As against law of matrix contract, another stance to determine the governing law can be the seat law. As held by House of Lords in the case of Hamlyn & Co. v Talisker Distillery, the parties impliedly intends that the governing law should follow the law of the seat and not the law of the underlying contract. Additionally, in the case of C v. D, the court believed that “it would be rare for the law of the (separable) arbitration agreement to be different from the law of the seat of the arbitration”. The arbitration agreement have a closer and more real connection with the seat of arbitration than with the place of the law of the matrix contract as it is the jurisdiction under which the parties have preferred to arbitrate. The High Court of Singapore in the case of FirstLink Investments Corp Ltd v GT Payment Pte Ltd and others have a detailed analysis to determine the governing law. The Court held that when there is a choice of seat and a choice of the law of the matrix contract, the arbitration agreement should impliedly follow the law of the seat, even if such law is dissimilar from the law of the matrix contract. The matrix contract and the arbitration agreement govern different legal relationships i.e. substantive performance of contract and the dispute resolution in case of failure of substantive relationship respectively.
Further, in case of failure of substantive legal relationship,the parties covet for neutrality. Consequently, in such instances the procedural law of arbitration takes primacy over substantive law. Thereby, the governing law should follow the law of the seat since it deals in legal relationship after the breakdown of substantive contract. Moreover, the remedies against the award including power of court to regulate tribunal’s jurisdiction is determined by seat of arbitration. Thereby, the parties would reasonably aspire for consistency between the procedural law and substantive law to uphold the validity of the arbitration agreement. Apart for this, the relevance of seat is acknowledged internationally, precisely in Articles 36(1)(a)(i) and 34(2)(a)(i) of the Model Law and Article V (1)(a) of the New York Convention. The seat is considered as a juridical center of gravity by which arbitration agreement gets effectuated and derives its life. As per the seat theory envisaged under Article V(1)(a) of the New York Convention, in case the parties have not expressly or impliedly chosen the governing law, then the law of seat governs the substantive validity of arbitration agreement. Such an approach ensures harmonious treatment of arbitration agreements and advances the goals of uniformity and enforcement of the Convention.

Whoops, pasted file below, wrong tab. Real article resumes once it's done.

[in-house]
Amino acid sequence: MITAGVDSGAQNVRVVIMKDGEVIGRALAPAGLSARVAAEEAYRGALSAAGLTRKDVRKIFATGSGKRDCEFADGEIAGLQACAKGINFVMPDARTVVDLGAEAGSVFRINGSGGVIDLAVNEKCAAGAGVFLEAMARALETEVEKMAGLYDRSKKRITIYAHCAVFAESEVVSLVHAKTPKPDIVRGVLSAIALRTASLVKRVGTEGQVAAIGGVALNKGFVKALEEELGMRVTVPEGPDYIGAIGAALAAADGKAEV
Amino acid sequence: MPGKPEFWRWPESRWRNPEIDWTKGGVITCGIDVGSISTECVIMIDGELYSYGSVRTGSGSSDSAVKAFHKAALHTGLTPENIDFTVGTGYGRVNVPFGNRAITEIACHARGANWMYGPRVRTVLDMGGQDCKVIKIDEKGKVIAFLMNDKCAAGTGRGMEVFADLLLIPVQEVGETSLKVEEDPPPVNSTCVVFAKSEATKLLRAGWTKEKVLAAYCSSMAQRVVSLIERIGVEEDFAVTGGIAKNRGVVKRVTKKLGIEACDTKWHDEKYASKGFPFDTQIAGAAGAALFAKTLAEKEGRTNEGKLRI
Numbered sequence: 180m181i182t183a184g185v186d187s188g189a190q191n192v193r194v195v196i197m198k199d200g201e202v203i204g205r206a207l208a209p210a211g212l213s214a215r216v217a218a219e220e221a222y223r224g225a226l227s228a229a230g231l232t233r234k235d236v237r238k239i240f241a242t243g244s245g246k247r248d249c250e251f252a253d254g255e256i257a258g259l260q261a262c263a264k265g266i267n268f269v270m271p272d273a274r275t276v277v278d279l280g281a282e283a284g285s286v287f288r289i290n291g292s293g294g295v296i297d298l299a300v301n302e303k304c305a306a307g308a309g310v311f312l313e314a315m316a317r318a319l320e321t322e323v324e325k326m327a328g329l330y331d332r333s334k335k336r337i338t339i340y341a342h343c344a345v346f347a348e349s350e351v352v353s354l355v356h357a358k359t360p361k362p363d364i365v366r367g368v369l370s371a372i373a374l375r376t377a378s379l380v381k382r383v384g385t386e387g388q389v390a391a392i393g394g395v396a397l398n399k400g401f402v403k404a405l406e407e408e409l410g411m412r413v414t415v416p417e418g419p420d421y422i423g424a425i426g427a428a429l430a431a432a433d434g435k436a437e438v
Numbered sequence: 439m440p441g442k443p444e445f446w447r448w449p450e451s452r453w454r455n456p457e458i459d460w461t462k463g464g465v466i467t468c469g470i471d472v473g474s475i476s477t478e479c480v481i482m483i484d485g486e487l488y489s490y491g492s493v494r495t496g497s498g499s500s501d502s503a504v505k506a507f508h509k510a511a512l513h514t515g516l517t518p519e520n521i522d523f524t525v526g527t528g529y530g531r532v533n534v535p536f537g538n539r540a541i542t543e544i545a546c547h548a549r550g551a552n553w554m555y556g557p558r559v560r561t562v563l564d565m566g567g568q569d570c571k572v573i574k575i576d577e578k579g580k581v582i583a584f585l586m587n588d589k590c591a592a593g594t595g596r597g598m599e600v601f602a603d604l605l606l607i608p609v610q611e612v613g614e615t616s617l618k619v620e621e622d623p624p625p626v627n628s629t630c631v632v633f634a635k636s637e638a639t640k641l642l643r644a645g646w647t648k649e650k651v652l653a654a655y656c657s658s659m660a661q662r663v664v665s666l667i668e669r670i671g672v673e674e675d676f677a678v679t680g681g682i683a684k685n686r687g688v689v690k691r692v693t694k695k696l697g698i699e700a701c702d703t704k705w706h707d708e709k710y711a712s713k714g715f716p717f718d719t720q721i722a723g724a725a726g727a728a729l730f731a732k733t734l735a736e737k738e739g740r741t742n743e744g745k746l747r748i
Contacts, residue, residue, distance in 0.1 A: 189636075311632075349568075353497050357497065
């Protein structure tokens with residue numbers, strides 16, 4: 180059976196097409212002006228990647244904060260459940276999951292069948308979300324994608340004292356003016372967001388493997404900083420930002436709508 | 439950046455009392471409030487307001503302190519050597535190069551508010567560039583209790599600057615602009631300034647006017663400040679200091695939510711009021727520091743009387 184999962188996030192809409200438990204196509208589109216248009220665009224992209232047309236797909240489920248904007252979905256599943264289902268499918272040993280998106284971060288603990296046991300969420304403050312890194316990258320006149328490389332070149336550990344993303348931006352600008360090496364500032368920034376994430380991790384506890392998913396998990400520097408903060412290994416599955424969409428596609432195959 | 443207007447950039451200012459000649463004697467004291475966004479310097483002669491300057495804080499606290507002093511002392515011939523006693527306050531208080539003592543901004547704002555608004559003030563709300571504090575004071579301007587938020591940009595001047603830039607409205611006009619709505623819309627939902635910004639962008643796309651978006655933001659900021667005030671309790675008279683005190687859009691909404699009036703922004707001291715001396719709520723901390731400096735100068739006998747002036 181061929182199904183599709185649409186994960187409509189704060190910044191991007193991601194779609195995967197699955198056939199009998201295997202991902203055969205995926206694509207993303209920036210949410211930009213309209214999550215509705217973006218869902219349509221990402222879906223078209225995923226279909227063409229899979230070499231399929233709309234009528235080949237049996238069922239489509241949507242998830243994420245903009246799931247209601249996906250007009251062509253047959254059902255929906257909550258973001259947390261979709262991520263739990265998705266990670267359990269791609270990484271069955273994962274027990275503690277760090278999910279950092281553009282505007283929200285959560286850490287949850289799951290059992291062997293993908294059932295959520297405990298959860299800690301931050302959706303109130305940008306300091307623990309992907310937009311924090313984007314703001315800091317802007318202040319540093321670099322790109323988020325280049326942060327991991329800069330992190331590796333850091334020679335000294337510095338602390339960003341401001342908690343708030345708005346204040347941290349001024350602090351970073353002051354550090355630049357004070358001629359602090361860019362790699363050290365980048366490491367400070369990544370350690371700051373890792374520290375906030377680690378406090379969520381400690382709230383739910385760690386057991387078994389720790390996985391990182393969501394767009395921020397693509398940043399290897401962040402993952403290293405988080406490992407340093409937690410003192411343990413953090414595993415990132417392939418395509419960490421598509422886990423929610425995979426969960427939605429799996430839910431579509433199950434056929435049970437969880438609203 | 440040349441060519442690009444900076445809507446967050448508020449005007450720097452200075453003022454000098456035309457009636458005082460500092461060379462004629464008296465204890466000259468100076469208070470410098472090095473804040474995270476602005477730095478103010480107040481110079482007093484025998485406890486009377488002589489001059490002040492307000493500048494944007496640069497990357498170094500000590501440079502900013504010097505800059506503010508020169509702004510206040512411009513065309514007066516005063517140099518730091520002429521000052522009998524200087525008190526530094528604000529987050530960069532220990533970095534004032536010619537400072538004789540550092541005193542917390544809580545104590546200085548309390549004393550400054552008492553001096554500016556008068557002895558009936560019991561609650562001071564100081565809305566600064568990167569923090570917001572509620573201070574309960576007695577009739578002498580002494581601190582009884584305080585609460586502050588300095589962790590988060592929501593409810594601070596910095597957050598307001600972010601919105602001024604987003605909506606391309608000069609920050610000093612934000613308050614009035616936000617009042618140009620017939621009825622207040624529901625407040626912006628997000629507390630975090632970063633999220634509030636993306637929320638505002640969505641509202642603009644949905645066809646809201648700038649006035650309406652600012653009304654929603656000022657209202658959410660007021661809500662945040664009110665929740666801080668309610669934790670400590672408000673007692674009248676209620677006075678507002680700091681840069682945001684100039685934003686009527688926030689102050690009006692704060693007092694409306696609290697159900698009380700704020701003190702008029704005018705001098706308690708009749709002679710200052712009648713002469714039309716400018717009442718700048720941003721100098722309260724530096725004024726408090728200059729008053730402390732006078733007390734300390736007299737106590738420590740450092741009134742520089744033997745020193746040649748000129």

Settling The Conundrum
There are innumerable cases where the law of matrix contract is distinct from the seat law.The author is of the view that in case the parties have not agreed to the governing law, the law of seat should govern the arbitration agreement.The seat determines the procedural law of arbitration i.e. lex arbitri, which prescribes procedural power of the tribunal. If the lex arbitri doesn’t allow the tribunal to exercise certain power, any power to do so under governing law will be ineffectual and invalid since it will not be enforced in jurisdiction where the arbitration is seated. Thereby, the governing law must be in consonance with the lex arbitri. The finest substantive law which is in unification of lex arbitri must be the substantive law of seat. Moreover, if certain power is given under the seat law but not prescribed under the resulting lex arbitri, then the power under the lex arbitri would be implied and enforceable since they are of same jurisdiction. Therefore, to maintain the enforceability and consistency of award the seat law should govern the arbitration agreement.Furthermore, in cases where the lex contractus is of the home state of the parties, but the arbitration agreement provided for arbitration in a neutral seat, the seat law should be the governing law since the parties objectively intend to resolve their dispute in a neutral, efficient and predictable manner.However, such an approach does not apply where the seat law invalidates the arbitration agreement since the parties intend the application of such law which gives effect to their agreement to arbitrate. This will suffice pro-enforcement objectives of New York Conventions and give effect to party autonomy.